Loving someone is like moving into a house . . . At first you fall in love with all the new things, amazed every morning that all this belongs to you . . . Then over the years the walls become weathered, the wood splinters here and there, and you start to love that house not so much because of all its perfection, but rather for its imperfections. You know all the nooks and crannies. How to avoid getting the key caught in the lock when it’s old outside. Which of the floorboards flex slightly when one steps on them . . . These are the little secrets that make it your home.

And so, we have the heart of Swedish author Frederik Backman’s international bestselling novel, A Man Called Ove, a book as dear, predictable, simple, and yet profound as this extended metaphor.

Backman—blogger, columnist, but as yet little known writer—struggled to find a willing publisher for this, his first novel. And even when it was finally published in 2013, the novel was only well-known in Sweden. The 2014 English translation had a slow start in the States; many big reviewers ignored the book. (The New York Times didn’t jump on the bandwagon until 2016.) But slowly and surely, through word of mouth and the enthusiasm of independent bookstores, A Man Called Ove ensconced itself in the hearts of readers all over the world. Backman and his publishers were shocked at the sales. With the award-winning 2016 film, it looks like the unexpected Ove phenomenon will be here to stay.  

We meet our titular character at an Apple store somewhere in Sweden. Ove (pronounced OO-VA), a quintessential lonely curmudgeon berates a luckless tech guy as he tries to buy an “O-pad,” which, Ove believes, is a really good computer.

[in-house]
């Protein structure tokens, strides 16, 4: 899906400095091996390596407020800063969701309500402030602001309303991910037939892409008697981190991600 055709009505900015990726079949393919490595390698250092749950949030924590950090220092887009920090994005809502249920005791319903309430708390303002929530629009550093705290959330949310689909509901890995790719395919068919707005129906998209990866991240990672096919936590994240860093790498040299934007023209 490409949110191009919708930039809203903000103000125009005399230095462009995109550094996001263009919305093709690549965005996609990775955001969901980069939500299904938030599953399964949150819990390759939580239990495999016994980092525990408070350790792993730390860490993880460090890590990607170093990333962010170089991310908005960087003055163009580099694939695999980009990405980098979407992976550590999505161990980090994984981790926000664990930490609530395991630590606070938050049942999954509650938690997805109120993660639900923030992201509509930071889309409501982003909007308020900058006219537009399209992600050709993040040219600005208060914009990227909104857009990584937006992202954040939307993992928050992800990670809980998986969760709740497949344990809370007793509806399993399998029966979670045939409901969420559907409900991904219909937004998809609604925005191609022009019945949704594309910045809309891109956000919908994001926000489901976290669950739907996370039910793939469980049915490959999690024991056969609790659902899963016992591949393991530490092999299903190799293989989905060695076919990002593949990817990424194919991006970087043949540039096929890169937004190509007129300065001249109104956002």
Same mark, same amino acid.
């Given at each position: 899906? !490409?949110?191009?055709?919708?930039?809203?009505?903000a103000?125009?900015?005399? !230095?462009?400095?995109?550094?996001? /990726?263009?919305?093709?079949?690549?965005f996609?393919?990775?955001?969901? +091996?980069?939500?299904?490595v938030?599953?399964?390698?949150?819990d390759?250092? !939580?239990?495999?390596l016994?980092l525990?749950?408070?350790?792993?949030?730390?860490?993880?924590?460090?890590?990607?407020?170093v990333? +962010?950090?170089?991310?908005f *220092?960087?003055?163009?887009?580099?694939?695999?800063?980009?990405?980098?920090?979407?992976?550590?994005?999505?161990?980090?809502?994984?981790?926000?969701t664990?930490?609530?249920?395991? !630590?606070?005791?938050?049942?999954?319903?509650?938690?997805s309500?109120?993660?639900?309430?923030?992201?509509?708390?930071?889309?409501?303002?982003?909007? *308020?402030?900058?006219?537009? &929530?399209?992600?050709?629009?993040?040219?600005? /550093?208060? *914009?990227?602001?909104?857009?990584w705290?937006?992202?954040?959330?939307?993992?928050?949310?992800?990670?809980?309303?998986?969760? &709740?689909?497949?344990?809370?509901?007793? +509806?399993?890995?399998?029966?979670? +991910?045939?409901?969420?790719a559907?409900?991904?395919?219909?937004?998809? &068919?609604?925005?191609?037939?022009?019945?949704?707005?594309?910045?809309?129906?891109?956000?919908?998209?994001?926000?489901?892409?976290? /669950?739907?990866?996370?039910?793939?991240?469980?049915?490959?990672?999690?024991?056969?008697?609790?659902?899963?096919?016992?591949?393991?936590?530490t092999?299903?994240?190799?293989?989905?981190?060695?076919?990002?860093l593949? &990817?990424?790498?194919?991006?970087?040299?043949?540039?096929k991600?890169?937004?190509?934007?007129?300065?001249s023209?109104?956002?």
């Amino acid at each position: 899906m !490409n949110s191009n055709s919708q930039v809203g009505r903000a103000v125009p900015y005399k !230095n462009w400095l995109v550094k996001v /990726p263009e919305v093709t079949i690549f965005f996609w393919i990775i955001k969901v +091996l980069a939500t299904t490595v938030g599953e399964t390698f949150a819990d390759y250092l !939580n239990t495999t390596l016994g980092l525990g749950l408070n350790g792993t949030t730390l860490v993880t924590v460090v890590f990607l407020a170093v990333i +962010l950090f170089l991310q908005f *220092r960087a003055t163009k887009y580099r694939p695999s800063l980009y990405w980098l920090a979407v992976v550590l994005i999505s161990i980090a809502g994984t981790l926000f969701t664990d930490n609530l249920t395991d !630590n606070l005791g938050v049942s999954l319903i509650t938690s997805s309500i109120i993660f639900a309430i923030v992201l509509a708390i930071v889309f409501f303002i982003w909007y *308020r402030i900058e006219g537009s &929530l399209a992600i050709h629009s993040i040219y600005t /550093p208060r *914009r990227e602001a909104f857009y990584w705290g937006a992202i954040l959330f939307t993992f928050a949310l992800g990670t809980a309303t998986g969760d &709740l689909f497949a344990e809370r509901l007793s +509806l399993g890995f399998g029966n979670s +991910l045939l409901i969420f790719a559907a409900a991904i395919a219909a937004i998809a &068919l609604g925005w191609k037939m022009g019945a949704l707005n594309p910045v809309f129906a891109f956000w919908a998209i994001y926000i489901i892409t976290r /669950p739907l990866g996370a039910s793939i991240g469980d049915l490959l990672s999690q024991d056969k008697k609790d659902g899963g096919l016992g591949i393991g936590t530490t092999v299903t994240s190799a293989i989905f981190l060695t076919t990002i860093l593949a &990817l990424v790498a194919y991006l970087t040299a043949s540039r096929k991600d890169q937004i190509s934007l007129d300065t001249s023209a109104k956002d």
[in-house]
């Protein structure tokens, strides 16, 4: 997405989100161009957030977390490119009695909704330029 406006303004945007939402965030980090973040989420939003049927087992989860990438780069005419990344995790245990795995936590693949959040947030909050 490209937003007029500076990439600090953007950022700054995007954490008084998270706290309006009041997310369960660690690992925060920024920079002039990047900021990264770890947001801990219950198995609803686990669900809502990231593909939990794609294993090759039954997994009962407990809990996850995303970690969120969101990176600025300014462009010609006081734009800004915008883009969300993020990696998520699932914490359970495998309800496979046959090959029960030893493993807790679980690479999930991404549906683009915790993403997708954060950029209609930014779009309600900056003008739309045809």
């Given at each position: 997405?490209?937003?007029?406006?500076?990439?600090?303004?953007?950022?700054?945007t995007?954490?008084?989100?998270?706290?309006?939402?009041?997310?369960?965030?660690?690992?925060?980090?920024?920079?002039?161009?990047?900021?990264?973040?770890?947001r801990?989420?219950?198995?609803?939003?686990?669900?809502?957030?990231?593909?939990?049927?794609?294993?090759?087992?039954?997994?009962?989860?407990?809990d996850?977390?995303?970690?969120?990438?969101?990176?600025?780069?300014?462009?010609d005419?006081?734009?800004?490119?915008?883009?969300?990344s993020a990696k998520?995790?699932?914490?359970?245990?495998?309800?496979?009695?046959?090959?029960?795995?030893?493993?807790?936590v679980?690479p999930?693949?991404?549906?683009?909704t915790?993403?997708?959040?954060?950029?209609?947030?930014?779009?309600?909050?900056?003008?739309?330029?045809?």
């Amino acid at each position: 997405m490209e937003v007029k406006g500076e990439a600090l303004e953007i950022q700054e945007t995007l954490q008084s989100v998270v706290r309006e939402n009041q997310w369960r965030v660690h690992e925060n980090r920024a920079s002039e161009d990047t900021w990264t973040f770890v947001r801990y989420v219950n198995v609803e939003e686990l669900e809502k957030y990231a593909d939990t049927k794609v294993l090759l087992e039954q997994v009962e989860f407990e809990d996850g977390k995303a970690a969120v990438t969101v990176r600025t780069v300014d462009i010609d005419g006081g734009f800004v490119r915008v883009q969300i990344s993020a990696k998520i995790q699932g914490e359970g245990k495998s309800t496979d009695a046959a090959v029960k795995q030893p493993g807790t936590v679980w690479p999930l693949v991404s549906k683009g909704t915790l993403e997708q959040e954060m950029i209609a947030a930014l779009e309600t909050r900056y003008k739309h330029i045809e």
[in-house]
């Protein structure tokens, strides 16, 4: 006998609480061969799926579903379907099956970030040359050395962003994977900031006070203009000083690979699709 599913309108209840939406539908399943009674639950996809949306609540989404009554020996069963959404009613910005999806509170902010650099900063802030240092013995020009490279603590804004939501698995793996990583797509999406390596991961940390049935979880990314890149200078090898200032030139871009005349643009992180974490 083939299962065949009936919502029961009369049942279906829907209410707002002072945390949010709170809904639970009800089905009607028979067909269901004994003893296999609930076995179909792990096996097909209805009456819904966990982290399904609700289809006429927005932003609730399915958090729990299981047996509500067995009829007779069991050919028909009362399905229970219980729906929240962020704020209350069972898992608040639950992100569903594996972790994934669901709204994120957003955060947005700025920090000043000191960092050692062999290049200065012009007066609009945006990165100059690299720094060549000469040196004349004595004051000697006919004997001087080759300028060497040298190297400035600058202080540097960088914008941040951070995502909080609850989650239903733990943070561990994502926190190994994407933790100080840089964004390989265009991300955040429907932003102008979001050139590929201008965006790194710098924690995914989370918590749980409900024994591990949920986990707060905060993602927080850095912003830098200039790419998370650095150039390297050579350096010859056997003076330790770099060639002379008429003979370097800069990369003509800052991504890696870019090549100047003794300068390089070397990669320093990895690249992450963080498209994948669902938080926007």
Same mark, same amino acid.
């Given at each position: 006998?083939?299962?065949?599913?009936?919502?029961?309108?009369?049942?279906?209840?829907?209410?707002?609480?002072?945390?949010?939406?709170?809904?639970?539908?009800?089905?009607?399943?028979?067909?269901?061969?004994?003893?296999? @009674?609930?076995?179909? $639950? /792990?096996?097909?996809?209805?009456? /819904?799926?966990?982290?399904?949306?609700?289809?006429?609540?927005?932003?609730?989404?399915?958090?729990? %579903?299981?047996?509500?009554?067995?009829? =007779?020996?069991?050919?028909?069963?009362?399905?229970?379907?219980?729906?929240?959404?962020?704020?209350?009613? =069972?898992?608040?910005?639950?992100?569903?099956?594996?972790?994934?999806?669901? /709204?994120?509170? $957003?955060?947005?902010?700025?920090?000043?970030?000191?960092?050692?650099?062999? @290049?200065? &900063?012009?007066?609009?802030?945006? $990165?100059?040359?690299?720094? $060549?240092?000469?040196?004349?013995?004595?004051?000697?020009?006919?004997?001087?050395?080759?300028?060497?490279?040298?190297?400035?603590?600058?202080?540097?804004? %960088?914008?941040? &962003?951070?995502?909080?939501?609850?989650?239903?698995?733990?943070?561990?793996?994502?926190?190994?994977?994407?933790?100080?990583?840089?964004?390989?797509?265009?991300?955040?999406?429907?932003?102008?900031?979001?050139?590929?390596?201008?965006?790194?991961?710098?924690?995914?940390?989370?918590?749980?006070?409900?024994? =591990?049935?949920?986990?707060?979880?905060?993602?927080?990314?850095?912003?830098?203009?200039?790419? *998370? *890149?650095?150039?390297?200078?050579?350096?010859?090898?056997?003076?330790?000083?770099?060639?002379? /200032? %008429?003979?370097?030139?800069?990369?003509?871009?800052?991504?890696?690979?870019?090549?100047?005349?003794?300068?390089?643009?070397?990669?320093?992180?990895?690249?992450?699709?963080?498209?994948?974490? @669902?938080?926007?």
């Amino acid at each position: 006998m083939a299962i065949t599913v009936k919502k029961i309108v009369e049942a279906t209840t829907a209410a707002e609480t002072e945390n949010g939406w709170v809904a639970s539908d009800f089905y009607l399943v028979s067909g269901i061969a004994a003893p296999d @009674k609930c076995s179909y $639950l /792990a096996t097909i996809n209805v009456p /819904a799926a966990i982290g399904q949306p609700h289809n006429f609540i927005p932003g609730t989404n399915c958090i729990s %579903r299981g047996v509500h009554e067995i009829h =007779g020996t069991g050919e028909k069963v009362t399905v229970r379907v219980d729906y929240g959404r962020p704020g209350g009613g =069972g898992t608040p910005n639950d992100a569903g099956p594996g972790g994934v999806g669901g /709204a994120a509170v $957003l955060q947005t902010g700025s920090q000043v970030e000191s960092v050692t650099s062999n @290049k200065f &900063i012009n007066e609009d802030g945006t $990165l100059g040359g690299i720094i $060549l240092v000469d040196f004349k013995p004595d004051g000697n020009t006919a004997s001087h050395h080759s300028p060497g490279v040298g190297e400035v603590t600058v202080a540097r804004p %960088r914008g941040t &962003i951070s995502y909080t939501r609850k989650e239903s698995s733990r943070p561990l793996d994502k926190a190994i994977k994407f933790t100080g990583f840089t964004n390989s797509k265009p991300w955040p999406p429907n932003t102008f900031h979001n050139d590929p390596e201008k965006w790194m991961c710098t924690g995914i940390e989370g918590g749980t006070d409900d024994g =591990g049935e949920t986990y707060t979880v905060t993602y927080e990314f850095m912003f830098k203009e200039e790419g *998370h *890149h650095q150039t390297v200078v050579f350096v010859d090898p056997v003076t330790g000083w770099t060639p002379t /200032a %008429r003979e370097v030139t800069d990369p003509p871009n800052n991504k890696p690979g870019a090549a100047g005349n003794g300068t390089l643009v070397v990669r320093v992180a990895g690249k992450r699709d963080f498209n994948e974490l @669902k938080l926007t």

It’s the first of many sketches that begin to shed light on Ove’s character—a Swedish Scrooge of sorts, except with a more colorful vocabulary and a whole lot more backstory.

That’s not to say that Ove’s life is particularly noteworthy from a superficial glance. In fact, Ove is determined to end it all as soon as he can accomplish the thing properly and without too much mess. He was orphaned, worked hard at a few different jobs, kept meticulous financial records, taught himself home maintenance, and religiously purchased Saabs (for Ove, the ONLY car to drive). He loved and lost, like most people.

But, through Ove’s increased interactions with his neighbors (some friendly and other not-so-much) and a few flashbacks, Backman reveals both the vices in the nooks and crannies of Ove’s soul and the virtues that lie deep, but true behind his weathered and morose exterior.

Along the way, readers get acquainted with Ove’s neighborhood: the clean white, Scandinavian houses and their vastly different occupants. A pregnant foreign lady and her rambunctious family, an aging couple, an obese techy, and a flashy debutante with a rat-like dog. Over them all hovers the malicious neighborhood council, who will have a showdown with the most stubborn member of community: Ove, of course. (You can guess who wins.)

Like many a literary grouch before him, Ove’s icy winter of life thaws before his final curtain. His heart “grows three sizes,” but it’s not so much that Ove is transformed. Rather, he heals. And his virtues, always there, become known and appreciated by his neighbors, and to his neighborly readers by extension.  

Here is the charm of A Man Called Ove. Backman paints quick expressions and reactions with a sure hand and a knack for comedic timing. The punchlines and reveals lead readers deeper and deeper into Ove’s story. You can always guess what is going to happen, but the slow peeling back of the layers of Ove’s life onion is so laugh-out-loud funny and deeply tragic that you don’t mind that the story has maybe been told before.

A Man Called Ove is, no doubt, hot chocolate literature—made for the masses, easy on the tongue, with no heady wordage to gnaw on. But A Man Called Ove is also a lovely call to practice “loving thy neighbor.” In a climate hungry for decency and kindness, perhaps Ove’s international popularity is not so surprising after all. As readers, we watch Ove reach out to the foreigner, the orphan, and the widow, and we learn to love Ove ourselves, perfect and imperfect though he may be.

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